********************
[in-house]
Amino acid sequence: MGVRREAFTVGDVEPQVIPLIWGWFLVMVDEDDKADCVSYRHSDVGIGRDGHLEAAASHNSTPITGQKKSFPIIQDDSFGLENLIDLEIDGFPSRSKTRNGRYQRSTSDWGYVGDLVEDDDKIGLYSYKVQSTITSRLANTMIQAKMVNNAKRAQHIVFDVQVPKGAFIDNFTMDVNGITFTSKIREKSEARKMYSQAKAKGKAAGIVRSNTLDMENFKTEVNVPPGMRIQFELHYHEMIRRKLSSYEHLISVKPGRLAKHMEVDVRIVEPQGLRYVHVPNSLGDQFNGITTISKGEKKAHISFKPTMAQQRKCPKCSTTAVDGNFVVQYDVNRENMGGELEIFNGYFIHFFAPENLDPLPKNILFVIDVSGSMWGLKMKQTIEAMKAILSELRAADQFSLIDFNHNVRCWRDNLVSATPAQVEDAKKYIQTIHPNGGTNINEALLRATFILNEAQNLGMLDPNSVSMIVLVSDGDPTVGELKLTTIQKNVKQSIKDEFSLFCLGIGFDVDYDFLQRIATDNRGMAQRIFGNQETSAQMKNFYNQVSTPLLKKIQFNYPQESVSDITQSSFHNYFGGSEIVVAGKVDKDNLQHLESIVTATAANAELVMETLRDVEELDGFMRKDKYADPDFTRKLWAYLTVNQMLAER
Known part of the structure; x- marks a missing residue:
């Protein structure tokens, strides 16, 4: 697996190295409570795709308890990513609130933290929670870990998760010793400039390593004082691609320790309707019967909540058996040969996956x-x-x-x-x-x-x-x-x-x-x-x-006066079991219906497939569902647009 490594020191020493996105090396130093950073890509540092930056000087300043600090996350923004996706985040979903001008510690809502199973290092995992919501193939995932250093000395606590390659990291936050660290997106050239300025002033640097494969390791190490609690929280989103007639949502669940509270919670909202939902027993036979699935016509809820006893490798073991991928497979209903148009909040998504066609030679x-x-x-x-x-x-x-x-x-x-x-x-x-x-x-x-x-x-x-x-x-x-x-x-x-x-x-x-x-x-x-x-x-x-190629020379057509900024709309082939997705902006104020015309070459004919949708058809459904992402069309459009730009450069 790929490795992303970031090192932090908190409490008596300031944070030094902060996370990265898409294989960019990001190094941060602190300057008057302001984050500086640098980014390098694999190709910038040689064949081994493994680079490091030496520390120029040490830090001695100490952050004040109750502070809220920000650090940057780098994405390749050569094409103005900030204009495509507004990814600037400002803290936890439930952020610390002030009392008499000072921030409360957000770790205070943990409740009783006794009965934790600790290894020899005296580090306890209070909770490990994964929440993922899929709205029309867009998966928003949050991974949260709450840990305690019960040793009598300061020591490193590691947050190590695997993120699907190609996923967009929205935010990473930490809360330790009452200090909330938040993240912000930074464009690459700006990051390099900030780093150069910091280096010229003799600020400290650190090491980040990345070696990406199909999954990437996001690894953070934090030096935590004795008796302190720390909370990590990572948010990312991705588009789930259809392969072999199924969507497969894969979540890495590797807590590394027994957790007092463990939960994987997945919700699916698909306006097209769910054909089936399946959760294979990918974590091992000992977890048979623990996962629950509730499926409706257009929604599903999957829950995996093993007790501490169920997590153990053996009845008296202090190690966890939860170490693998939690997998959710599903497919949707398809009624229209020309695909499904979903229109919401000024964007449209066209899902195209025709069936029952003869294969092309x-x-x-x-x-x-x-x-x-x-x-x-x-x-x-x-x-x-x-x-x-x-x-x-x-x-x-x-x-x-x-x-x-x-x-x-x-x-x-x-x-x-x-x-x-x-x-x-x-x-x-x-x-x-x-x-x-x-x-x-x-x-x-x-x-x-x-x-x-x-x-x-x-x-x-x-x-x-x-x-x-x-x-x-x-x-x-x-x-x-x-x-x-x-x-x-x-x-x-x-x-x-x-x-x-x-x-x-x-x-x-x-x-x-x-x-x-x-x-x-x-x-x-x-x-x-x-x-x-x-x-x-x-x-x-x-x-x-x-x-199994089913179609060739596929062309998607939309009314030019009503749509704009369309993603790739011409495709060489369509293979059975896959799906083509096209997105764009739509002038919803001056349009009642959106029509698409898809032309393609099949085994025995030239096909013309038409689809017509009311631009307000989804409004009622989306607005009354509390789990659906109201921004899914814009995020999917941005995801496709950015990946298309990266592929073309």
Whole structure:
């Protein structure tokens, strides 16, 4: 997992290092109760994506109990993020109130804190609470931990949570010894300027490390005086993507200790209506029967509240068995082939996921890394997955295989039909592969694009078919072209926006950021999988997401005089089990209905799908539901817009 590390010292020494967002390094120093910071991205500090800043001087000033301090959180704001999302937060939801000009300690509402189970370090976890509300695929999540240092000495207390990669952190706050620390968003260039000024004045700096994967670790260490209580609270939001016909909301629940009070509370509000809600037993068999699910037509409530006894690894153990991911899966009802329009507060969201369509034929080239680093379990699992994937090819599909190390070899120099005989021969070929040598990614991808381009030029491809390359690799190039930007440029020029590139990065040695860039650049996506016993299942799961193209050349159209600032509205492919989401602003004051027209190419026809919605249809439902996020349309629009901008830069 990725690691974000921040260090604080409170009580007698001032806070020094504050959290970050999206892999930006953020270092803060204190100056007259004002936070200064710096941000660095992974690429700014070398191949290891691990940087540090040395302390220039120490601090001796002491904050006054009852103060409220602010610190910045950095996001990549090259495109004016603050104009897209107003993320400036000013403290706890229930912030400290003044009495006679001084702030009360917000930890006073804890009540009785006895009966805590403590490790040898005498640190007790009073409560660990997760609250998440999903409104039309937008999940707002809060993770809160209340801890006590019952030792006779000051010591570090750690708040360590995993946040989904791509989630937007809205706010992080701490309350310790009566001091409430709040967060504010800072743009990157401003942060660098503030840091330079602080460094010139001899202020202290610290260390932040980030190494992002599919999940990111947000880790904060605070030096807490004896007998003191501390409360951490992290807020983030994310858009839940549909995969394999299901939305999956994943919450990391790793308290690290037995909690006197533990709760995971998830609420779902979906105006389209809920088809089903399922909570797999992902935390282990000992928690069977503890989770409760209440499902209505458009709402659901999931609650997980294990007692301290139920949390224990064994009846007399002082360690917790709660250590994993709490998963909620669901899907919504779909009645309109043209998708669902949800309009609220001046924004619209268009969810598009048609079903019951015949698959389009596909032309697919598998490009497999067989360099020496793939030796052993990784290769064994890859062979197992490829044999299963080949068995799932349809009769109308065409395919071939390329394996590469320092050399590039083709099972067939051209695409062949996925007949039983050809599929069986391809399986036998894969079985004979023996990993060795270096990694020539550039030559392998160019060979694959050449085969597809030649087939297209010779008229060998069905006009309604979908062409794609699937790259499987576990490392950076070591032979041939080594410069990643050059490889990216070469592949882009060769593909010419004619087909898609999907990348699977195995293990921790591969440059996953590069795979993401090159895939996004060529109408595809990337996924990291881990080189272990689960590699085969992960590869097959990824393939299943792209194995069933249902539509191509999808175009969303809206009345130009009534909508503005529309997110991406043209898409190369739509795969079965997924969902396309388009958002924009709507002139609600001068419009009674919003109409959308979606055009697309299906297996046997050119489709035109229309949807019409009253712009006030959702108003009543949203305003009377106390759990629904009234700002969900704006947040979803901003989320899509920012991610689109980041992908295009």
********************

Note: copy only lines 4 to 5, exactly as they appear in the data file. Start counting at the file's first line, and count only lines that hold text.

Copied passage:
């Protein structure tokens, strides 16, 4: 697996190295409570795709308890990513609130933290929670870990998760010793400039390593004082691609320790309707019967909540058996040969996956x-x-x-x-x-x-x-x-x-x-x-x-006066079991219906497939569902647009 490594020191020493996105090396130093950073890509540092930056000087300043600090996350923004996706985040979903001008510690809502199973290092995992919501193939995932250093000395606590390659990291936050660290997106050239300025002033640097494969390791190490609690929280989103007639949502669940509270919670909202939902027993036979699935016509809820006893490798073991991928497979209903148009909040998504066609030679x-x-x-x-x-x-x-x-x-x-x-x-x-x-x-x-x-x-x-x-x-x-x-x-x-x-x-x-x-x-x-x-x-x-190629020379057509900024709309082939997705902006104020015309070459004919949708058809459904992402069309459009730009450069 790929490795992303970031090192932090908190409490008596300031944070030094902060996370990265898409294989960019990001190094941060602190300057008057302001984050500086640098980014390098694999190709910038040689064949081994493994680079490091030496520390120029040490830090001695100490952050004040109750502070809220920000650090940057780098994405390749050569094409103005900030204009495509507004990814600037400002803290936890439930952020610390002030009392008499000072921030409360957000770790205070943990409740009783006794009965934790600790290894020899005296580090306890209070909770490990994964929440993922899929709205029309867009998966928003949050991974949260709450840990305690019960040793009598300061020591490193590691947050190590695997993120699907190609996923967009929205935010990473930490809360330790009452200090909330938040993240912000930074464009690459700006990051390099900030780093150069910091280096010229003799600020400290650190090491980040990345070696990406199909999954990437996001690894953070934090030096935590004795008796302190720390909370990590990572948010990312991705588009789930259809392969072999199924969507497969894969979540890495590797807590590394027994957790007092463990939960994987997945919700699916698909306006097209769910054909089936399946959760294979990918974590091992000992977890048979623990996962629950509730499926409706257009929604599903999957829950995996093993007790501490169920997590153990053996009845008296202090190690966890939860170490693998939690997998959710599903497919949707398809009624229209020309695909499904979903229109919401000024964007449209066209899902195209025709069936029952003869294969092309x-x-x-x-x-x-x-x-x-x-x-x-x-x-x-x-x-x-x-x-x-x-x-x-x-x-x-x-x-x-x-x-x-x-x-x-x-x-x-x-x-x-x-x-x-x-x-x-x-x-x-x-x-x-x-x-x-x-x-x-x-x-x-x-x-x-x-x-x-x-x-x-x-x-x-x-x-x-x-x-x-x-x-x-x-x-x-x-x-x-x-x-x-x-x-x-x-x-x-x-x-x-x-x-x-x-x-x-x-x-x-x-x-x-x-x-x-x-x-x-x-x-x-x-x-x-x-x-x-x-x-x-x-x-x-x-x-x-x-x-199994089913179609060739596929062309998607939309009314030019009503749509704009369309993603790739011409495709060489369509293979059975896959799906083509096209997105764009739509002038919803001056349009009642959106029509698409898809032309393609099949085994025995030239096909013309038409689809017509009311631009307000989804409004009622989306607005009354509390789990659906109201921004899914814009995020999917941005995801496709950015990946298309990266592929073309």
Whole structure: